Ignoring for the moment that Christianity without this fact is not Christianity at all, there is some very good news for such a doubter: the original apostles were every bit as skeptical about the resurrection as he is.
First, the women told them about the empty tomb and weren’t believed. Then, two disciples who spent the day with Jesus on the road to Emmaus weren’t believed by them either. Finally, when Jesus appeared directly to the apostles Himself, they thought they were hallucinating. (Mark 16:9-14, Luke 24:1-39, John 20:19-29) If even the disciples needed convincing against such strenuous denials, then doubting the resurrection must clearly be quite normal.
But there’s also some bad news as well, because Jesus severely rebuked those same doubters for their reluctance to accept what they should have eagerly believed. From all of this we learn that skepticism about Christ’s resurrection is both absolutely normal and yet also absolutely unacceptable.
Today, while I was helping my grandmother eat lunch at her nursing home, I had a chance to look around at all the other residents. And, as always, watching them at their various stages of disability made me sad.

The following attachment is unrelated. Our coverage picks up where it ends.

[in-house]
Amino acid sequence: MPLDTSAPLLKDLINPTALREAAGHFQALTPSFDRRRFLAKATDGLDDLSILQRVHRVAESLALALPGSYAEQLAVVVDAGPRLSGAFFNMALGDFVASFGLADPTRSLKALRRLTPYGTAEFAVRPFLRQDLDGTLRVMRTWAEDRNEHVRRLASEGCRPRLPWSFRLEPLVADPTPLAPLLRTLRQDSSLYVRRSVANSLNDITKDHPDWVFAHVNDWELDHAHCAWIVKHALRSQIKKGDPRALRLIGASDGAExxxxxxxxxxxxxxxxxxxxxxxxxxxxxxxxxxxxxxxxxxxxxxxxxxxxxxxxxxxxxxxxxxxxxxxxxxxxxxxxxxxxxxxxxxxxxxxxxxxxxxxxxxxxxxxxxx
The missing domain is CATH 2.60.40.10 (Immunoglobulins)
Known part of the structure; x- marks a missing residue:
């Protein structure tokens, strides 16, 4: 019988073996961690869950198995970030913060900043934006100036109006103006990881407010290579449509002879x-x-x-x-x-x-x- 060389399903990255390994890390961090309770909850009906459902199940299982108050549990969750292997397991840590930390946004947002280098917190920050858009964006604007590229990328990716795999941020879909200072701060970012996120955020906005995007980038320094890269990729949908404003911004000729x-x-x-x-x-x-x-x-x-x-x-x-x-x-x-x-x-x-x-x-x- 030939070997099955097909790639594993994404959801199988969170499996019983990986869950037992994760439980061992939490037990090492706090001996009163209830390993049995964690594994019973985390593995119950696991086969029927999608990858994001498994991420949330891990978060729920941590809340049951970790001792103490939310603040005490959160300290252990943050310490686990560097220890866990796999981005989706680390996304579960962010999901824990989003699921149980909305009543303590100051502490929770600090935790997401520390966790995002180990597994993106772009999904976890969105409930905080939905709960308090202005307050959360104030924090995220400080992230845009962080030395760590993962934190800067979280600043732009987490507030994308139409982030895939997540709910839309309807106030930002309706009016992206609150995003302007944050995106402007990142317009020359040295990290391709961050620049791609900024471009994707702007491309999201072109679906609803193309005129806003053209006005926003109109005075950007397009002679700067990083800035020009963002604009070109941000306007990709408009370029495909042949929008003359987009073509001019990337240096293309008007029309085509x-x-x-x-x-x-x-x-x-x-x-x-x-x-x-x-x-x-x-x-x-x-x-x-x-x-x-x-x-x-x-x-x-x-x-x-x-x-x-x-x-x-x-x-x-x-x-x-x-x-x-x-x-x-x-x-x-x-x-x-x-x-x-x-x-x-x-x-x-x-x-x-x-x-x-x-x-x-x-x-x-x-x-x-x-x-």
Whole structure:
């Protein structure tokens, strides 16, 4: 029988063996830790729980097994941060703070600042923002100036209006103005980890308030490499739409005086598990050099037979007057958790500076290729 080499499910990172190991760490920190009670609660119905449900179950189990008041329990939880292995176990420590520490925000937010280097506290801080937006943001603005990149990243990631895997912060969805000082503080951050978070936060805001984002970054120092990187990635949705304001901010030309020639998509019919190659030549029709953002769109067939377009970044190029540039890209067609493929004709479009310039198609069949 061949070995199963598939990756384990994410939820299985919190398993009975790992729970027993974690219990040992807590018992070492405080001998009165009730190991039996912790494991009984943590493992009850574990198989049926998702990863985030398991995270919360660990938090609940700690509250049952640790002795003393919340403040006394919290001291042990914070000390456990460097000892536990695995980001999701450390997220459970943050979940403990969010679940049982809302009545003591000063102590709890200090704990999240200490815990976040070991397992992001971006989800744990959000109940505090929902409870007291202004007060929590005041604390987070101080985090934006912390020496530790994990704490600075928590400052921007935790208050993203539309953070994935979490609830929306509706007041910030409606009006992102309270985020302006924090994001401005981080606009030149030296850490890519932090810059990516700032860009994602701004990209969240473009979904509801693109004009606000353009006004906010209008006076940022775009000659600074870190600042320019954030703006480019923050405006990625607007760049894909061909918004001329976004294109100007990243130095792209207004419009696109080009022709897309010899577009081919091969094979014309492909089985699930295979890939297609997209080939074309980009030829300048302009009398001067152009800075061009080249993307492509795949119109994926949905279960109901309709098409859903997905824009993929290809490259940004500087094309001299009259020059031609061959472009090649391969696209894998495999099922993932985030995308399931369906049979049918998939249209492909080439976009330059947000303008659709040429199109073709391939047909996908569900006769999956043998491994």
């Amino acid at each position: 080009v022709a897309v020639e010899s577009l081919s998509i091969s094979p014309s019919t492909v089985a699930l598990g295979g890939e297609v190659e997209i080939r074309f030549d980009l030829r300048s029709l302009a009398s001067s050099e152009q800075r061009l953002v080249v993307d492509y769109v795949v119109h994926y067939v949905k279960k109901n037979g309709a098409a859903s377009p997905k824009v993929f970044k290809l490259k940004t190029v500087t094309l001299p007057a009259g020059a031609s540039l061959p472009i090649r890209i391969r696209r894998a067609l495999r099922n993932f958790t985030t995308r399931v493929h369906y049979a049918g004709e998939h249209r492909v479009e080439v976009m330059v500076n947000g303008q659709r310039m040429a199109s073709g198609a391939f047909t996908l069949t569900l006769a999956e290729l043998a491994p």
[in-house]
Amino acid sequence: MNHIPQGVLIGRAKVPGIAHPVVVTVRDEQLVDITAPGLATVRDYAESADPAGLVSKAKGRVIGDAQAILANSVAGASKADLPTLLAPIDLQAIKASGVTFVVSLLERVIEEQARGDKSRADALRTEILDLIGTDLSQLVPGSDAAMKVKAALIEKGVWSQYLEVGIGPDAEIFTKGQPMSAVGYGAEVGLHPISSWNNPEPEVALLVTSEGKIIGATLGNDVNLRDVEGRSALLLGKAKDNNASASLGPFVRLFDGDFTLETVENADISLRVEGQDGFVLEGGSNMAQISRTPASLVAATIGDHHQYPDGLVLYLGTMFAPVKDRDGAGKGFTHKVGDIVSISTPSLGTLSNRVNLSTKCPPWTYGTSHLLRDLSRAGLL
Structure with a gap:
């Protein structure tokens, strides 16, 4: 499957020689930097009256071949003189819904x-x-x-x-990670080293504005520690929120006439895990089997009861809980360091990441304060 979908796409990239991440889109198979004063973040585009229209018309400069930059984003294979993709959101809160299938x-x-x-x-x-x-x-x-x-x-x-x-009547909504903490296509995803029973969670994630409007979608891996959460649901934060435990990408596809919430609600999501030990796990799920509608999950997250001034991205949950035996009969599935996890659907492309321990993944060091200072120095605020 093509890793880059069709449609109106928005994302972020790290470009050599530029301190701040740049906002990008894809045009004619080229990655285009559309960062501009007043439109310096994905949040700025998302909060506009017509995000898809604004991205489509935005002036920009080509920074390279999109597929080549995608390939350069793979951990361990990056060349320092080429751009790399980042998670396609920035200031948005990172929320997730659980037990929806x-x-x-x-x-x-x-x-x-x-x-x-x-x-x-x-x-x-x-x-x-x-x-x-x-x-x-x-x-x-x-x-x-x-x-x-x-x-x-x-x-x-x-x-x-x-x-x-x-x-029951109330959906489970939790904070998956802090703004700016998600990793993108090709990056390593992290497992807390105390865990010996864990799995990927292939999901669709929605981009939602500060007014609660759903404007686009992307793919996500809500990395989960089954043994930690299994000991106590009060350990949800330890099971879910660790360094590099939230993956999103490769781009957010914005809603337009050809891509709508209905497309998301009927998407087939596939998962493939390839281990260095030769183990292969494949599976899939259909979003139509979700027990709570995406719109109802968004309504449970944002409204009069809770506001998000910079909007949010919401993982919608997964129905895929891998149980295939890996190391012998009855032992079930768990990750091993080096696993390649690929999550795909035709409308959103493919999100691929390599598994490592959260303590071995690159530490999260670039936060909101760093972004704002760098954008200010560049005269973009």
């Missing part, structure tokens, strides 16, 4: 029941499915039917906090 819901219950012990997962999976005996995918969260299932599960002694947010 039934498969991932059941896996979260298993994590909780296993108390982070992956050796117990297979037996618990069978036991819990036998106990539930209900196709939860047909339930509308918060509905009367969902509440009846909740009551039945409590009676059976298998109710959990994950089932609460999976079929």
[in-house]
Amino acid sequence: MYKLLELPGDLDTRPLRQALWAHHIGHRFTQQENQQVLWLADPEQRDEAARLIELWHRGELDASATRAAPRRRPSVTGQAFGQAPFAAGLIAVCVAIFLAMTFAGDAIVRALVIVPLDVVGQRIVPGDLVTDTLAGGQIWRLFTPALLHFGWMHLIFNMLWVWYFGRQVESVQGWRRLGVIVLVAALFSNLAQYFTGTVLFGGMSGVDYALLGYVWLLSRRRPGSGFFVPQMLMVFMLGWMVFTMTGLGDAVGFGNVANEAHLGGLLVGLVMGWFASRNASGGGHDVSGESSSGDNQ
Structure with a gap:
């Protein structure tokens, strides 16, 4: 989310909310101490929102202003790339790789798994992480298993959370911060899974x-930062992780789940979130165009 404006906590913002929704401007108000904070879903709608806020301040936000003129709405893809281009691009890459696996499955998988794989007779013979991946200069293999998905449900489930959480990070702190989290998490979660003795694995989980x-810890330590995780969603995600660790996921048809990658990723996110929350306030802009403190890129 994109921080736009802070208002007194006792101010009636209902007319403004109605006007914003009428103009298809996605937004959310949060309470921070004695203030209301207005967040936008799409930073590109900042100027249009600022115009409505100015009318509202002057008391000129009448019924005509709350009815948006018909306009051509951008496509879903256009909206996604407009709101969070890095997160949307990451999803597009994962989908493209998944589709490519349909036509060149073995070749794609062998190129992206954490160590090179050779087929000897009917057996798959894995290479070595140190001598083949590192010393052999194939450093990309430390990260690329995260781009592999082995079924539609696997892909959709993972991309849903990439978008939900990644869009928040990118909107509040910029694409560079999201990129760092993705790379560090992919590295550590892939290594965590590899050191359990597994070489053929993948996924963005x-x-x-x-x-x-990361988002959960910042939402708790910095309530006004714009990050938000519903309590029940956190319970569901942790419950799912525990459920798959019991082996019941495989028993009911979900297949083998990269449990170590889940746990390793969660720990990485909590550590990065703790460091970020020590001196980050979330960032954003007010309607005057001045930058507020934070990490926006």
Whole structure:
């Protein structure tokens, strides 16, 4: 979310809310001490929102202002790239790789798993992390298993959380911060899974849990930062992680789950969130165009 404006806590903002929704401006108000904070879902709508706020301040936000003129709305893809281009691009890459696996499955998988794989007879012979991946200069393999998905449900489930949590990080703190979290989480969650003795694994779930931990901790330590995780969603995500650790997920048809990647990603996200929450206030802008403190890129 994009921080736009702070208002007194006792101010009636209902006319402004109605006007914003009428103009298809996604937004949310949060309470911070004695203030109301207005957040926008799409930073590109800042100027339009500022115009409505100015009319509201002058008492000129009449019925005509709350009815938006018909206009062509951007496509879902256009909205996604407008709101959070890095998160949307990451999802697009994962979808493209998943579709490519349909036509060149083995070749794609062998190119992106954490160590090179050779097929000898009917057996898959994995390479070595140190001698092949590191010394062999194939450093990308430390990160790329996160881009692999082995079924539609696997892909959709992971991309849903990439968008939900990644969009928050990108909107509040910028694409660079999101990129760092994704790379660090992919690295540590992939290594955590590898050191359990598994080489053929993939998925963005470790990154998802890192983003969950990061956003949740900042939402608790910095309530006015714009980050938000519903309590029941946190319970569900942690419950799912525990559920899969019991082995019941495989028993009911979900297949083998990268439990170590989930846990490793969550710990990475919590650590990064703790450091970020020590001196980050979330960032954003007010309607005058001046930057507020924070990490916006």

Partly, it forces me to think about my own future in old age, but more so it bothers me to see all these formerly strong, capable, and smart people now unable to do almost anything for themselves. Comparing them with fully functioning human life makes me pity them in their diminished condition. But today I suddenly realized something. God must feel just such sadness whenever He looks at us.
See, He knows what fully functioning human life really looks like because He designed us to live that way. He also has a dismally accurate view of what actual human life is. And whereas my definition of healthy life is merely the average of what I see around me all the time, His definition of healthy humanity is the example of His Son: an ideal compared to which even the most capable of us look embarrassingly incompetent.
Then it occurred to me that one of my friends might have borrowed it without saying so. Since this explanation was both more likely and also more comforting to imagine than the alternative, I chose to believe it and emailed to ask. Sure enough. The reply confirmed they had needed it for a client. Problem solved.
But here’s the funny thing. Even though there was a perfectly good explanation and there is no more evidence today than there was yesterday that we have a security problem around here, I’m still feeling less secure simply because I lived with that possibility for a few hours. Truly, the human imagination is a powerful and irrational faculty.